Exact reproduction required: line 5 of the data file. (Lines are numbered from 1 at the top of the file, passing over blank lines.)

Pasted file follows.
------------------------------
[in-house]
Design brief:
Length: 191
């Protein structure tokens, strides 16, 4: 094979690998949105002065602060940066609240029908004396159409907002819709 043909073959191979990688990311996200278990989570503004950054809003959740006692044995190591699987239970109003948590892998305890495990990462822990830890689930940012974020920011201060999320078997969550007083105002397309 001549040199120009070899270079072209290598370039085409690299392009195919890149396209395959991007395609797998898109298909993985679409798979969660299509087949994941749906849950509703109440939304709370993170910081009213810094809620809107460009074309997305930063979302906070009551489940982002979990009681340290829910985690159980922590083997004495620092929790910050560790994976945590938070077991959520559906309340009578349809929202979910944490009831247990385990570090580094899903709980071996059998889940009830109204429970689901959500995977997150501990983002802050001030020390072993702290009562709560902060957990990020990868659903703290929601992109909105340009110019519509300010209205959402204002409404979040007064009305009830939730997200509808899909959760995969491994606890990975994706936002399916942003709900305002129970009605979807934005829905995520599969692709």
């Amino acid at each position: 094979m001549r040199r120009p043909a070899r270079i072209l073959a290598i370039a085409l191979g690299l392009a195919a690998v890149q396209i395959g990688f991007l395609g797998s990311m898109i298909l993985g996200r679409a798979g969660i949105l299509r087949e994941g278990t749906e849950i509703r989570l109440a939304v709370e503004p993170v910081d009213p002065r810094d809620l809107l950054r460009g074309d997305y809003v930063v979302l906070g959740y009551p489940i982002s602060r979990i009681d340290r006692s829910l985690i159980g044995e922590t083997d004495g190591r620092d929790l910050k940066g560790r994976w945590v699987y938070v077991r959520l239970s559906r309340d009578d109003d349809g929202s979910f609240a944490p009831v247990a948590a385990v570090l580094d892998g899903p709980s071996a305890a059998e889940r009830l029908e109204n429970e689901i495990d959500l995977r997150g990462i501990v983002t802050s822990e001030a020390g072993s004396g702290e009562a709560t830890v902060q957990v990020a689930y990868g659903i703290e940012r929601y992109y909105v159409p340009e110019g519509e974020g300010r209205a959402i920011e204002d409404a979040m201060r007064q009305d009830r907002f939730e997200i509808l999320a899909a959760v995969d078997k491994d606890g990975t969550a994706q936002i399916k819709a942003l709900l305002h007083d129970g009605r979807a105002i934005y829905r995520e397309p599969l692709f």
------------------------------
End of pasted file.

């Amino acid at each position: 094979m001549r040199r120009p043909a070899r270079i072209l073959a290598i370039a085409l191979g690299l392009a195919a690998v890149q396209i395959g990688f991007l395609g797998s990311m898109i298909l993985g996200r679409a798979g969660i949105l299509r087949e994941g278990t749906e849950i509703r989570l109440a939304v709370e503004p993170v910081d009213p002065r810094d809620l809107l950054r460009g074309d997305y809003v930063v979302l906070g959740y009551p489940i982002s602060r979990i009681d340290r006692s829910l985690i159980g044995e922590t083997d004495g190591r620092d929790l910050k940066g560790r994976w945590v699987y938070v077991r959520l239970s559906r309340d009578d109003d349809g929202s979910f609240a944490p009831v247990a948590a385990v570090l580094d892998g899903p709980s071996a305890a059998e889940r009830l029908e109204n429970e689901i495990d959500l995977r997150g990462i501990v983002t802050s822990e001030a020390g072993s004396g702290e009562a709560t830890v902060q957990v990020a689930y990868g659903i703290e940012r929601y992109y909105v159409p340009e110019g519509e974020g300010r209205a959402i920011e204002d409404a979040m201060r007064q009305d009830r907002f939730e997200i509808l999320a899909a959760v995969d078997k491994d606890g990975t969550a994706q936002i399916k819709a942003l709900l305002h007083d129970g009605r979807a105002i934005y829905r995520e397309p599969l692709f």